SA has ‘too few good teachers’

2011-09-21 12:07

A shortage of good teachers, particularly in maths and science, is at the root of South Africa’s underperforming education system, a new study has found.

“The poor performance of many teachers is a major reason for the dismal results achieved by large sections of the schooling system,” according to a report released today by the Centre for Development and Enterprise (CDE).

The study it commissioned concluded that South Africa’s maths and science results were “at or near the bottom of the world class” at the moment.

This year’s Annual National Assessment results, released in June, showed the national average performance in mathematics in grade six was 30%.

Maths and science were essential for skilled jobs and economic growth and development, and producing good teachers in these subjects was central to this.

Good teachers should not become scapegoats, but many were poorly managed and not teaching effectively.

The CDE said many teachers had been badly trained, and “possibly most” were underperforming.

“For example, there is a shortage of maths teachers, yet many qualified maths teachers are not teaching maths – despite being willing to do so,” said CDE executive director Ann Bernstein.

Of the 16 581 teachers in Eastern Cape who were qualified to teach mathematics, only 7 090 were actually teaching the subject. Only 5 032 of these had a mathematics qualification.

The country needed about 15 000 more teachers to keep up with the yearly demand for 25 000 new teachers.

Two thirds of the current teachers were over 40 years of age. This age profile suggested a looming shortage, and a growing need for more younger teachers. Many existing teachers in maths and science were not doing well and also poorly managed.

A recent assessment of 73 physical science teachers at the Dinaledi schools, which provided extra help with maths and science, found only 60% of those given problem-solving tests could solve them.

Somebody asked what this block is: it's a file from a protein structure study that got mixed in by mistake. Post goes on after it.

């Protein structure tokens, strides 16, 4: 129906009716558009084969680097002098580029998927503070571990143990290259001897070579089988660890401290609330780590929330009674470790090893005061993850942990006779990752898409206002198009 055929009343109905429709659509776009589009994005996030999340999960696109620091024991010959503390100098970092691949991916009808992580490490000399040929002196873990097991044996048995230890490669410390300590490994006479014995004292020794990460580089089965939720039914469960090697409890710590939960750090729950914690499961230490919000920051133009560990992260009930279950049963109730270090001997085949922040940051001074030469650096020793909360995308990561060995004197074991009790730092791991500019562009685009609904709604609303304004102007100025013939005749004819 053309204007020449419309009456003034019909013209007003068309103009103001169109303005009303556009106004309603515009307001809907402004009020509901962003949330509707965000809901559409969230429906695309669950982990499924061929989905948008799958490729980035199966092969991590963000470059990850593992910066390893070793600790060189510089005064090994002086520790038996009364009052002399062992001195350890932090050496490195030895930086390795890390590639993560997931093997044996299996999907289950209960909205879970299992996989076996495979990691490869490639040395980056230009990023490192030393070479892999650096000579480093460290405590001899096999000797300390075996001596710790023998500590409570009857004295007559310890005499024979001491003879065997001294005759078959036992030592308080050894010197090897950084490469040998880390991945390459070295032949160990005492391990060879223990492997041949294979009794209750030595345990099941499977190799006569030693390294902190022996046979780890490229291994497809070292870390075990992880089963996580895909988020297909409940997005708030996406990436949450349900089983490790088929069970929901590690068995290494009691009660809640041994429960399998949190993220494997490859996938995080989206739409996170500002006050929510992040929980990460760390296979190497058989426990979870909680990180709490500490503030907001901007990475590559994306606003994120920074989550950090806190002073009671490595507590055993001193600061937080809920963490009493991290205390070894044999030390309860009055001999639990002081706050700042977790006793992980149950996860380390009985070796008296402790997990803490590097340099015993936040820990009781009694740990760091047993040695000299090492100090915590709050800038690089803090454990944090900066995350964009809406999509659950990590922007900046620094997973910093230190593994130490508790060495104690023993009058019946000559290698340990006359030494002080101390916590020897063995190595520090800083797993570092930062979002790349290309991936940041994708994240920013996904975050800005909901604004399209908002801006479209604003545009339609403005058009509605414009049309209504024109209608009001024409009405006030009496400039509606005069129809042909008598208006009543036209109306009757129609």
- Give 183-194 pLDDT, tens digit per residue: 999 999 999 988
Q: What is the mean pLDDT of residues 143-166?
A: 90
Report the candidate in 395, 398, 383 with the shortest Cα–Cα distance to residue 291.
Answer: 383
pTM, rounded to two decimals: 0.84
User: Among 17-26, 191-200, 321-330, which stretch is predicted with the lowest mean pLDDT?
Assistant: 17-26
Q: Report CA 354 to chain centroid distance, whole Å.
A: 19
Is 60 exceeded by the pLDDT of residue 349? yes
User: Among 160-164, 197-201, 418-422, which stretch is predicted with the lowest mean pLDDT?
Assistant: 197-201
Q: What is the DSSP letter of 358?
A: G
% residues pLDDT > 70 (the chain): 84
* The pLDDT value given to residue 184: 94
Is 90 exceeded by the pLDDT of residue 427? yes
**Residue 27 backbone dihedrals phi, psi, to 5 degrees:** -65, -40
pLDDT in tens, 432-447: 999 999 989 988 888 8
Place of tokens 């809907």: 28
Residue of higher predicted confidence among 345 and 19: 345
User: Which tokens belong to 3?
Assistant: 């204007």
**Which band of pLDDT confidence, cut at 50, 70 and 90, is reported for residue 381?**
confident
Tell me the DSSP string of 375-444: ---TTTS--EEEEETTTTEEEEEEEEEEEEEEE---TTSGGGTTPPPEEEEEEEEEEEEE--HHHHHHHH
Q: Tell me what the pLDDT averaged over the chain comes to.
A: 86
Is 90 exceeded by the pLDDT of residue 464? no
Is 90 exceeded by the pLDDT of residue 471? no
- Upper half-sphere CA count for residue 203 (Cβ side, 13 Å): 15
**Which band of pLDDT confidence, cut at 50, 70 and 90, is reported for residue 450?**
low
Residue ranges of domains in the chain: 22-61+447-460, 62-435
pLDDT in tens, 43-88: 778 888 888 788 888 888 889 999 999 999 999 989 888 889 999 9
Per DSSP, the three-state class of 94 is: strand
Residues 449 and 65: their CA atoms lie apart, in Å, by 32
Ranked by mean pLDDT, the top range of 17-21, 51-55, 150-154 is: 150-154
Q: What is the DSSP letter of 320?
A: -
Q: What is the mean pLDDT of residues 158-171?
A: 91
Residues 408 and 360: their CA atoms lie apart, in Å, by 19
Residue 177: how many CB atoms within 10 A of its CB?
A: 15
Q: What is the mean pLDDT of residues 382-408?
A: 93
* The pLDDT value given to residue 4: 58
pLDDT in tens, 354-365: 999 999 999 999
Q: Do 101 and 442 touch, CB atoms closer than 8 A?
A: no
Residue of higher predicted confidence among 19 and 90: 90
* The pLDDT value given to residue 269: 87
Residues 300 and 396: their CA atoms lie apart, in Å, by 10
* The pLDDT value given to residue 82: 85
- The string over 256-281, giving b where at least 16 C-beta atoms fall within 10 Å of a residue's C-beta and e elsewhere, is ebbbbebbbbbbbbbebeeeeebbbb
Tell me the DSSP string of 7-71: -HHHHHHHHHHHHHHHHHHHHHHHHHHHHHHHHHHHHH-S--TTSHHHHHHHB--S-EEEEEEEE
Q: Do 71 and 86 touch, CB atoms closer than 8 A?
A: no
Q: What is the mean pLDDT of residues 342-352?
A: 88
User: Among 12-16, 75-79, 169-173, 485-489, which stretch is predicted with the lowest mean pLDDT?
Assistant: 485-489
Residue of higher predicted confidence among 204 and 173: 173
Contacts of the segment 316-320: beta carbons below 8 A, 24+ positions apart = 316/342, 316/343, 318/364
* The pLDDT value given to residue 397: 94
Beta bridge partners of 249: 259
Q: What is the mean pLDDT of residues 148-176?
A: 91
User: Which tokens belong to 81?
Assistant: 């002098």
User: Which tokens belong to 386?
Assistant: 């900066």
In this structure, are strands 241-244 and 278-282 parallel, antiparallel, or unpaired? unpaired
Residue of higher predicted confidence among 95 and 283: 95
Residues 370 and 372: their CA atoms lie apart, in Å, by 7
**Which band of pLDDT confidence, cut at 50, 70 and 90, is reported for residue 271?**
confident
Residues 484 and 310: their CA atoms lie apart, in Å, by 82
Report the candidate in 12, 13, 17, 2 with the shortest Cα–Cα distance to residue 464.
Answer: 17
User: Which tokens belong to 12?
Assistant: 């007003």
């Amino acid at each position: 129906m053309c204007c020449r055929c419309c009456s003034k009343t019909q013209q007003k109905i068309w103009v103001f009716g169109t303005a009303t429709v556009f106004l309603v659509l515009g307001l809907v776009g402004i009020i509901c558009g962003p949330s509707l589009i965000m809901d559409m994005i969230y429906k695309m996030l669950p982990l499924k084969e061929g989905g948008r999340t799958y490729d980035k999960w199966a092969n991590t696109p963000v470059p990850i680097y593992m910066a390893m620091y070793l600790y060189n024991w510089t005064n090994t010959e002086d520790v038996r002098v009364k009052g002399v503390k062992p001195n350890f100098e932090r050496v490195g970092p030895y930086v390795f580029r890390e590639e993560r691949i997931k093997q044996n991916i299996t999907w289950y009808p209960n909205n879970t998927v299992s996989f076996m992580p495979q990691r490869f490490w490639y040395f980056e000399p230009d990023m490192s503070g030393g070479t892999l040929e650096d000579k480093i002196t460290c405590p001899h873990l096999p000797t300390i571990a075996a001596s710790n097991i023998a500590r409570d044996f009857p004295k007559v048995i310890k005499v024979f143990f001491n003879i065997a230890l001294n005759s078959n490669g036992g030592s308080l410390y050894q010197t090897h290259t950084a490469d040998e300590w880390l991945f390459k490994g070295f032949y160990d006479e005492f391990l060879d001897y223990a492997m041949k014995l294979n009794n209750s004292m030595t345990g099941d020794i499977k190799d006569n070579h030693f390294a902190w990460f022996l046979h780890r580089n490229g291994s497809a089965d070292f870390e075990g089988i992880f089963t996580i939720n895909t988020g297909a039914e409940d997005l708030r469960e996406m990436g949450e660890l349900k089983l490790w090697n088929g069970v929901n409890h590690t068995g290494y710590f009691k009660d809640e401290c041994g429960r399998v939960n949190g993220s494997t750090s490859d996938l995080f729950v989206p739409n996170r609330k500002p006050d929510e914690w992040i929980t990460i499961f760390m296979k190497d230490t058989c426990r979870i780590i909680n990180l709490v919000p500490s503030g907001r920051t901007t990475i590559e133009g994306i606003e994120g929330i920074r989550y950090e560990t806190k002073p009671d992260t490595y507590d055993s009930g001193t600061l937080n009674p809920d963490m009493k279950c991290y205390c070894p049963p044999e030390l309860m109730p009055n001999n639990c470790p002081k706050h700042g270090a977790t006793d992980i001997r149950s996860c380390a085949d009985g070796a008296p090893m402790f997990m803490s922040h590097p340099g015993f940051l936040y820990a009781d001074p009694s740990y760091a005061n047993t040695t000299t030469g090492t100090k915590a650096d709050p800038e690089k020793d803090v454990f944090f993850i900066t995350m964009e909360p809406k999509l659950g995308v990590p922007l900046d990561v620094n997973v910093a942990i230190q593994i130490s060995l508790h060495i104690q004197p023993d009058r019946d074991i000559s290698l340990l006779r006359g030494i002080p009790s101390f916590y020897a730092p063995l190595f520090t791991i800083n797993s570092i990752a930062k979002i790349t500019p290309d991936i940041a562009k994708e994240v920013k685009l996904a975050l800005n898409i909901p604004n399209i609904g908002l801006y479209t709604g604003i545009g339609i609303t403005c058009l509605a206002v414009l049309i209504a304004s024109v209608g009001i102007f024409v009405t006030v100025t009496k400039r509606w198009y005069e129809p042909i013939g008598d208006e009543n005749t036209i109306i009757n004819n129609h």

Thousands of new bursaries a year were needed for trainee teachers willing to study and teach scarce subjects.

The CDE found that at least a quarter of all newly-trained teachers did not take up teaching posts in South Africa’s schools.

They were being deterred largely by low salaries and the poor image of the profession. They either emigrated or took up other professions.

Some posts were being filled by immigrant teachers, but some policy makers and planners did not like this approach, so the “importation” of teachers was not properly planned.

The CDE suggested incentives to get teachers to teach in the “scarce” subjects, but was not suggesting all teachers deserved greater rewards.

Teachers in scarce subjects who were performing should be selectively rewarded, and prospective teachers in subjects most needed for economic growth and national development, should be better paid.

While their formal qualifications had improved, existing teachers spent too little time in the classroom, and many taught badly.

The biggest future demand would be for teachers in languages, maths (and mathematical literacy), commerce, life sciences and physical sciences.

The projected expansion of Further Education and Training colleges would also require more good teachers in technical subjects.

Private companies should be allowed to compete for public funds to produce more and better quality teaching training programmes.

The country was spending enough on education, but the money could be better utilised, the CDE said.

Bernstein said: “South Africa cannot continue to rely solely on current systems to train more and better teachers. The public sector alone cannot address this vital national need with sufficient scale, quality and speed.” 

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